I liked this idea so much I thought I’d give my own 60-second take on the future of marketing too.

Listen here:

Future of Marketing Podcast

If you prefer to read, here’s a transcript:

Companies used to be able to get away with doing the same thing over and over. Not anymore. Multiple marketing channels and fast-changing technology means companies need to be able to move quickly and be comfortable with change. Advertising and marketing are no longer about who can spend the most money but about who can move the quickest to be where their customers are or will be. Marketing will be less about rigid campaigns and more about creating and reacting to opportunity. More gains will be made by those who are willing to be bold and take risks. Not outrageous risks, but risk doing something different. In this age of social media, we have more data than ever before about our audience. It’s time, past time, to use that information and really understand the audience—connect. Know your audience enough to be where they will be and to offer them what they need before they even realize they need it. In one word, the future of marketing is about opportunity, and it’s our job to take advantage of it.


In the Future of Marketing Conference, Rohit Bhargava spoke about the need for marketers to stop speaking in jargon and corporate-speak and start speaking in “human” terms. As a plain language advocate, I was very happy to hear this. So, in return, I’d like to highlight his blog this week: The Influential Marketing Blog.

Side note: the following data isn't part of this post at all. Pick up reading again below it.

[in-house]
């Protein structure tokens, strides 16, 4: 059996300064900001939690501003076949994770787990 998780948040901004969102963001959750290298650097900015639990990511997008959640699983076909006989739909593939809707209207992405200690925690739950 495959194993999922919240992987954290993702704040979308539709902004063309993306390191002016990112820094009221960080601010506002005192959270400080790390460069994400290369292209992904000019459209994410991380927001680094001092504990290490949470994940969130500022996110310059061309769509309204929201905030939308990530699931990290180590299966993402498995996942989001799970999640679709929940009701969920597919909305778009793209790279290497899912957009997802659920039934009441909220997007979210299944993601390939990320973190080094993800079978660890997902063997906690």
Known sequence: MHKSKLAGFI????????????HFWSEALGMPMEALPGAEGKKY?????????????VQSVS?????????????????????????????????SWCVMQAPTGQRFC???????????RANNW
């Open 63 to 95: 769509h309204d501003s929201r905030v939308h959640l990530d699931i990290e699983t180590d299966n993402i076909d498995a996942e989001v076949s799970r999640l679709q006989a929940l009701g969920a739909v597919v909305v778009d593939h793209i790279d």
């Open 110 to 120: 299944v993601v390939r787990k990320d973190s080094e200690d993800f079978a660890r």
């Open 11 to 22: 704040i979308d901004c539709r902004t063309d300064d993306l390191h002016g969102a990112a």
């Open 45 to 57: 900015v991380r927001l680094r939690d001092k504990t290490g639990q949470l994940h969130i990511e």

Why Allstate’s Mayhem kills

Mayhem. That’s what can happen when an unfunny industry decides to advertise with a sense of humor.

Allstate, however, seems to have the right formula with their Mayhem character.

Follow their lead to succeed:

Know when to say when

Humor can be tricky. Mayhem easily could have gone too far and become like the creepy Burger King guy. Or tried too hard and flat out failed at being funny.

Show real-life situations with a twist the audience is sure to remember

Most, if not all, of the situations Mayhem represents are real causes of accidents. Yes, he exaggerates them a bit (hence, the pink SUV), but that exaggeration serves notice that Allstate is not seriously attacking any one group. (Pay attention complainers who call the ads sexist.)

Stick with what works—only in a different way

Allstate easily could have tossed Dennis Haysbert and relied solely on Mayhem. But they were smart and didn’t throw away their trusted voice. After all, they weren’t changing their brand. They were changing their commercials.

Here’s what I like even more: Allstate wanted something different and the Leo Burnett agency proved you don’t have to go to a new agency to get fresh ideas. In fact, Leo Burnett has created Allstate advertising for more than 50 years.

“A good villain is a lovely thing,” said Jeanie Caggiano, executive vice president and executive creative director at Burnett. “Dennis represents Allstate and everything that is protection, Mayhem is the opposite, uncertainty,” she added. “This guy’s trouble with a charming smile, and represents everything Allstate protects you from.” (Source: NY Times)


Be funny

I have to admit, I wanted to hate Mayhem at first. But he’s grown on me. How can you not like a guy wearing a pink headband? These ads are funny.

My favorite is the one where Mayhem represents an old flag hanging off the side of a truck. If you can’t laugh at that, something is wrong with you. Check it out:

What’s your favorite?


Looking for something to keep you laughing? Try two of my faves—The Onion and The Oatmeal.

Call to action on calls to action

A call to action is more than just a chance to get your reader to act. It’s also your chance to leave your prospect with one lasting impression.

Ever go to a movie that draws you in, draws you along and then just ends? (Ahem… Hereafter.) What do moviegoers then do? They complain about the movie. They decide not to see another movie starring that actor or directed by that director. In short, they leave.

Just like a bad ending in a movie, a bad ending—or no clear ending—in your marketing materials can send your audience away.

This means your flyers, brochures, e-mails, web pages, etc., all need some sort of call to action.